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In the woodshed

By Dan Pool, Editor

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Our February 21st edition was a good one. We had stories about animal carcass dumping, a detective who spends his weekends with a metal detector searching for treasures, a horrible story about three fires and an update on the work at the Hwy. 515/Antioch Church Road intersection.

As far as I know there were no mistakes in any of those stories. And no one brought any problem to my attention with 24 out of the 26 pages that week. That meant we got a whole lot of words correct.

Unfortunately, there were two errors in that issue of the Progress. The first was the list of obituary names on the front page. There, we made a typo, changing the last name Duckett to Puckett. The obituary itself was correct, but the list of obit names on the front page had the mistake.

The second mistake was leaving out a service ad from the service section. A CNA didn’t get the message that she was available to the public because of our oversight.

To the average reader these mistakes may seem minor. They may not have noticed the wrong name on the index and obviously no one but the person who placed the ad knew there should have been one more service listed.

But we know these errors matter. The items are important to the people who see their family member’s name spelled incorrectly right after their death and if you are counting on us to make the public aware of your service, then it matters if it gets left out.

We spoke with people connected to both those mistakes and apologized. One thing about working in print, you can’t hide mistakes. When our digital pages hit the press in Rome, Ga., and then become 6,300 copies of the Progress we live with what we sent. I will point out that newspapers are the only businesses that publicly announce any mistake they made in the previous week. 

Getting things straight is a responsibility we don’t take lightly.

With both the missing ad and the typo in the name, the people who brought it to our attention were polite in doing so. But it was clear they were disappointed and they should have been.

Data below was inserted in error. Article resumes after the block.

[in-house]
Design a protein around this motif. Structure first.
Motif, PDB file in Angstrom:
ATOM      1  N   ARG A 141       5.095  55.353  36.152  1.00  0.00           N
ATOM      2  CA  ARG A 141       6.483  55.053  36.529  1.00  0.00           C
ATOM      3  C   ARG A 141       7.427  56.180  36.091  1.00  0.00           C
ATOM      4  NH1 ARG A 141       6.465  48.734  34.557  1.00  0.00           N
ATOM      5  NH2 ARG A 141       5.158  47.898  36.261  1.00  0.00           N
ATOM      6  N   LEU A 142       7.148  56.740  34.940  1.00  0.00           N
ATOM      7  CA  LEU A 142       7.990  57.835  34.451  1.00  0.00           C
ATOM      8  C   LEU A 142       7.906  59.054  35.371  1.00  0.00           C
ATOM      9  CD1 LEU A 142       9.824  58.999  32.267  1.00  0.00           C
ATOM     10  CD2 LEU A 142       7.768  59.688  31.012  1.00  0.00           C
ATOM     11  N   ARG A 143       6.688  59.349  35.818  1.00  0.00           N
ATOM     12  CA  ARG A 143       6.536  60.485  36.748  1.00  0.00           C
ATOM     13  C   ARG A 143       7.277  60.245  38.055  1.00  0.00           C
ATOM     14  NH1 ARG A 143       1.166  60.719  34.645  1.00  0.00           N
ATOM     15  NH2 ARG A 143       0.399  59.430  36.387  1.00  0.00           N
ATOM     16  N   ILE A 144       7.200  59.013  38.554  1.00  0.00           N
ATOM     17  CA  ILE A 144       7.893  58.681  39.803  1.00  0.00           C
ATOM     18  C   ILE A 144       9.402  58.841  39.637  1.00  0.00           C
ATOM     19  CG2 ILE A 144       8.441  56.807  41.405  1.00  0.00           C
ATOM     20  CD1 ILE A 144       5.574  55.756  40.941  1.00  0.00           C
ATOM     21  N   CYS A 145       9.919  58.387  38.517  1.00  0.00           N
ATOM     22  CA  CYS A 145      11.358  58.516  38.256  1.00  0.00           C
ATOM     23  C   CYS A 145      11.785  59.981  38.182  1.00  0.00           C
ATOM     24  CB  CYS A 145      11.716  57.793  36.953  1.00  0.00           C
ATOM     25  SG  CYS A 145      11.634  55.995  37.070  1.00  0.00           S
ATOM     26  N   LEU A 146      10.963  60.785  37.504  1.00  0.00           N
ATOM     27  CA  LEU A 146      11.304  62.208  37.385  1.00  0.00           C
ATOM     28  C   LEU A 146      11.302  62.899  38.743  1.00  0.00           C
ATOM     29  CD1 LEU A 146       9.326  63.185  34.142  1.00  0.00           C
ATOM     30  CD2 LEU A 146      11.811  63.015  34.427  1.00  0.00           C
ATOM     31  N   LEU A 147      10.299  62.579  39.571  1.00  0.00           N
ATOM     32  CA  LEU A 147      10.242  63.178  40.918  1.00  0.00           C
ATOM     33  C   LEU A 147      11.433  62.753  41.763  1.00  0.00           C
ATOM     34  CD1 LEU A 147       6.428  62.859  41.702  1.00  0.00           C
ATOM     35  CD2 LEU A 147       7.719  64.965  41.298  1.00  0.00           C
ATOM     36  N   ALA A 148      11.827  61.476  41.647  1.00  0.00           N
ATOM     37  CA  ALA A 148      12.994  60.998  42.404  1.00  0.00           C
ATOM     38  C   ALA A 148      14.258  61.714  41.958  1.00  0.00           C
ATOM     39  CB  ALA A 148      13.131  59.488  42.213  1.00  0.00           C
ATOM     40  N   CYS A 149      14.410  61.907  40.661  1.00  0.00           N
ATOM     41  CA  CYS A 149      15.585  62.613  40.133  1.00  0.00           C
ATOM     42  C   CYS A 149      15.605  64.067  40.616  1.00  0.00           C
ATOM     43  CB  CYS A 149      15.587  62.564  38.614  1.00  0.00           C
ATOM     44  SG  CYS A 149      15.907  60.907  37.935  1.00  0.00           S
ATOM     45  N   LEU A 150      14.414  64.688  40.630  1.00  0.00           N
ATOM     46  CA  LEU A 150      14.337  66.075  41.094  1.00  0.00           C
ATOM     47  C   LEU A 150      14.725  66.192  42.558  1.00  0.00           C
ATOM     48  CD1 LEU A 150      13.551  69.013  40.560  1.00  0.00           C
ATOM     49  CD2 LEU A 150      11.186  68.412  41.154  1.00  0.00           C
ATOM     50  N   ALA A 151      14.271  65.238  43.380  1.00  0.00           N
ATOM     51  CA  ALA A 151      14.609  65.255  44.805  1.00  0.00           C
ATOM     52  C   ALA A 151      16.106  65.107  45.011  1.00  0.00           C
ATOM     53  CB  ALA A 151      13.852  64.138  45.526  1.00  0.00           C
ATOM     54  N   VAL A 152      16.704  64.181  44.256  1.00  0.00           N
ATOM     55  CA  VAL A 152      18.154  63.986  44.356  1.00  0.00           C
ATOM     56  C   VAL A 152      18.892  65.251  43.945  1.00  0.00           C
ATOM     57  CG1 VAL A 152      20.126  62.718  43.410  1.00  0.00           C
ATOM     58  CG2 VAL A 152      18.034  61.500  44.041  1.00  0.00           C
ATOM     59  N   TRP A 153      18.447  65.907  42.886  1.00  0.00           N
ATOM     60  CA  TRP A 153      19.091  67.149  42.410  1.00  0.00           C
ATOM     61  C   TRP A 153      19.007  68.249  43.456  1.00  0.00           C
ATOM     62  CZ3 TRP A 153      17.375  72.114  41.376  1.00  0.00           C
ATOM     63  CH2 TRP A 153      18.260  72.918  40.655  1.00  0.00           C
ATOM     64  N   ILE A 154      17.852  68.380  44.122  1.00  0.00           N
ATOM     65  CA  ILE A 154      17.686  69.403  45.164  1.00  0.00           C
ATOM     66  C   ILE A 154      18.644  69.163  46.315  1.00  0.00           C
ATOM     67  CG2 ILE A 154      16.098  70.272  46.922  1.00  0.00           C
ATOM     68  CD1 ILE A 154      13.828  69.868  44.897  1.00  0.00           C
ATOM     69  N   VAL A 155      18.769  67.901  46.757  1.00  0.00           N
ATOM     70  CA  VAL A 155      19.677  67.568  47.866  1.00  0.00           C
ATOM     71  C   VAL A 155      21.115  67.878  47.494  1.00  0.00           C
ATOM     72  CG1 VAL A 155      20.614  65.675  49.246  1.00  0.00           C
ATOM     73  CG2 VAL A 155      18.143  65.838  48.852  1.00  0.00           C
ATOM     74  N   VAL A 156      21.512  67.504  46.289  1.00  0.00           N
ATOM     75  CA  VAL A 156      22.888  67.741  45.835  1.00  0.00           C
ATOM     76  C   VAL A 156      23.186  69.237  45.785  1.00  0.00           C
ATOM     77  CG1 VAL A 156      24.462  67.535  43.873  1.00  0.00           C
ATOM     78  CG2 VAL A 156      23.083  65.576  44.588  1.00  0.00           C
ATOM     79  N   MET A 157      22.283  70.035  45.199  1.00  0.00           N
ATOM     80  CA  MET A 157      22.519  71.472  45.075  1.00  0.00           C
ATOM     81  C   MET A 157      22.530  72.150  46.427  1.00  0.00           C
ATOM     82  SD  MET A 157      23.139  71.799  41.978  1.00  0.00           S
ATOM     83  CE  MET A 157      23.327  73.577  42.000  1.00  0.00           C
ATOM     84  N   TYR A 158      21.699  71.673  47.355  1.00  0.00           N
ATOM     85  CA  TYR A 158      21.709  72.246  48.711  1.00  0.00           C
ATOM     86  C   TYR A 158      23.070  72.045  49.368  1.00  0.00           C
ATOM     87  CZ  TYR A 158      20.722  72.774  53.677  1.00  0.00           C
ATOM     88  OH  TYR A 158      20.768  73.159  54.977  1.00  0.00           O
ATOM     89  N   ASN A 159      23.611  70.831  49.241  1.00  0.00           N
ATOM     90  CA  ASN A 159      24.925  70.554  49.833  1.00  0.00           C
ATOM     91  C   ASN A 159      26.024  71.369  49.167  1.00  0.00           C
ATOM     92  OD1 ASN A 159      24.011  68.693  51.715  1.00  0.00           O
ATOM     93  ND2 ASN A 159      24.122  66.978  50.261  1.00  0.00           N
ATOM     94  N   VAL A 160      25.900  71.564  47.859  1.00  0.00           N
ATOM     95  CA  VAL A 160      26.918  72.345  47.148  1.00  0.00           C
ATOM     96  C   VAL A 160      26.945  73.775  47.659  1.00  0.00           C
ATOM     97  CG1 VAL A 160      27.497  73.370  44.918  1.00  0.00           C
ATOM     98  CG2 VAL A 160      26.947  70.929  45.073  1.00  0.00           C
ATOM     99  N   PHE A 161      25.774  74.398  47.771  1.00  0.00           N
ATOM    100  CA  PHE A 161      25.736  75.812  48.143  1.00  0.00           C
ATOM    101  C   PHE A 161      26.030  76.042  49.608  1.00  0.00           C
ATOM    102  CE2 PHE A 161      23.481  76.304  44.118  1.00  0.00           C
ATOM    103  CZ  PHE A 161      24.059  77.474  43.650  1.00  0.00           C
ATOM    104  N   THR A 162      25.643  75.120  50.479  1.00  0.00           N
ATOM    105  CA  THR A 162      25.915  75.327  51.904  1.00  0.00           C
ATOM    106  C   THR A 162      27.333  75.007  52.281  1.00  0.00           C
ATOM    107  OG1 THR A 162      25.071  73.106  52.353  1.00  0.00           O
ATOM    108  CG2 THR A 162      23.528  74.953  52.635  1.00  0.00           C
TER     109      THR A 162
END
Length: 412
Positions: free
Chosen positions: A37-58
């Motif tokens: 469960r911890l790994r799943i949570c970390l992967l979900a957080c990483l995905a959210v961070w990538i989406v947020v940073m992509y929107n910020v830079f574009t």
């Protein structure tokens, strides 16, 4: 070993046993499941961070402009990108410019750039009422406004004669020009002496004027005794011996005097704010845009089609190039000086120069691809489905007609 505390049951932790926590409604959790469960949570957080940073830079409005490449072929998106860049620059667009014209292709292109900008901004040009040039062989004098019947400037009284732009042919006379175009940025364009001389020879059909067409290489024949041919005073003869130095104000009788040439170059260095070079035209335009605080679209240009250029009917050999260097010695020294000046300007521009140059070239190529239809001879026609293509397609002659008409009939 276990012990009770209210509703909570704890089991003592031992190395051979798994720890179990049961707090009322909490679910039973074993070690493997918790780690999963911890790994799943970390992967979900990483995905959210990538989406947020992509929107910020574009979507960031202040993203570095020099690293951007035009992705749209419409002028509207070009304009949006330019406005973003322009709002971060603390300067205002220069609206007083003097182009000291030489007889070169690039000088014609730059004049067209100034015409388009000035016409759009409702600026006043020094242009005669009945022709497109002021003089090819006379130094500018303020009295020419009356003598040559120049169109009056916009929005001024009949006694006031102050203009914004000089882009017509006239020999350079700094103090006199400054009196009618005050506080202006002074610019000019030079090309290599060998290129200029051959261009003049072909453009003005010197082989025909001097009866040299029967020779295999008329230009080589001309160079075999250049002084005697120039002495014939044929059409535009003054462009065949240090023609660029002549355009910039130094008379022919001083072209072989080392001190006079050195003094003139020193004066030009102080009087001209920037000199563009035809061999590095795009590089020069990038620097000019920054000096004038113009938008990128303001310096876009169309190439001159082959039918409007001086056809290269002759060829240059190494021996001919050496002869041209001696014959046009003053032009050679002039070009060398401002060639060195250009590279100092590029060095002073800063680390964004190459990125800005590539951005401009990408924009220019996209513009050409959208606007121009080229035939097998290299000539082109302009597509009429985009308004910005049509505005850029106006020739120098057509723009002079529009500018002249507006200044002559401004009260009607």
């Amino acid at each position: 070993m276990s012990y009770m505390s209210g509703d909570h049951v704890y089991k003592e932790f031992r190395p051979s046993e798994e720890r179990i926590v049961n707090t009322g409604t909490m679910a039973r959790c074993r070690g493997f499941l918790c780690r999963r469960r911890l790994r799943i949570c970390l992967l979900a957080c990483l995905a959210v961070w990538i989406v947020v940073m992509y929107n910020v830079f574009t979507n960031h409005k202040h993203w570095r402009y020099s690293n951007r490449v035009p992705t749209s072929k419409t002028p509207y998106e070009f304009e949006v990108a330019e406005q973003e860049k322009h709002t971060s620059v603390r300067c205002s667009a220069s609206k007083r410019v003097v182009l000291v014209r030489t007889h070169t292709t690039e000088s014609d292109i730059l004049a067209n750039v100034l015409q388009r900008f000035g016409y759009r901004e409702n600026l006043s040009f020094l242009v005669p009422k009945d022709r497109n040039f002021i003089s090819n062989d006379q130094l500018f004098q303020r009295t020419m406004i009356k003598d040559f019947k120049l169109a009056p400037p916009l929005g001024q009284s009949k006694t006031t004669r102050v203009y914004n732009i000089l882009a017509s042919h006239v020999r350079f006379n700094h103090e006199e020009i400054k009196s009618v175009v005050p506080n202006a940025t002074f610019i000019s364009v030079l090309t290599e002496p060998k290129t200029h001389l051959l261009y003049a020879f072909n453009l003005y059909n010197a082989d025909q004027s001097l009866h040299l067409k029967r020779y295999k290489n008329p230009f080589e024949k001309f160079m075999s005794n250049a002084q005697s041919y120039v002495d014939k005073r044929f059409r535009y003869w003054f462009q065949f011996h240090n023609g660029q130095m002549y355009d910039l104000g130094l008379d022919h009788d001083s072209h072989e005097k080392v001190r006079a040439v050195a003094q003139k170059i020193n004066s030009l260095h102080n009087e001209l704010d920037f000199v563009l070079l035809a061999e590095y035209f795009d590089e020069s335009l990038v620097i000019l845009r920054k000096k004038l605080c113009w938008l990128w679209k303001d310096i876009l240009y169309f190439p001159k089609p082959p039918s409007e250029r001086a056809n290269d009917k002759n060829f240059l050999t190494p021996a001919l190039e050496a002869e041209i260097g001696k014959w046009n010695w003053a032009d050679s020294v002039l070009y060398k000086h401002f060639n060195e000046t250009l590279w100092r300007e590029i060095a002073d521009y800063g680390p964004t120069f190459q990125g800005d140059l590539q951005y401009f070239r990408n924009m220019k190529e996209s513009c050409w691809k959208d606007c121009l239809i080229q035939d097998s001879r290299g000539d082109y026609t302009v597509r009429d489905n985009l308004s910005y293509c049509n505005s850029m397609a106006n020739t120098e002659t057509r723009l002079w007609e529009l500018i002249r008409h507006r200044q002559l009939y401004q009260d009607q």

We hate making mistakes and thankfully don’t make many. If you look at the number of words in each issue of the Progress that we get correct versus those where we make errors, our success rate is very high. I would add that in the history of the Progress, we have never made a mistake so grievous that it required us to retract an entire story. There have been corrections over the years, but not once have we reported something and then had to go back and say the entire event never happened or was drastically different.

It’s not just the big stories where we strive for accuracy. We know that everything in the paper is important to somebody. You mess up the mayor’s name and it’s embarrassing. But you get names mixed up in a birth announcement and that’s guaranteed to bring fury. You leave out a yard sale listing after a poor spouse spent his week hauling boxes up from the basement, you are in for a not-so-nice discussion of media accuracy.

We recognize that it’s a good thing people get heated up over mistakes in the Progress. It shows they are reading and reading closely and they care intensely about what is printed.

We appreciate our readers and advertisers and work hard to put out a quality newspaper every week with interesting stories, accurate news and no mistakes. When you see a mistake, call us on it. If we’re wrong, it’s right there in print and if it’s important to a member of the community to see it corrected, you better believe it is important to us.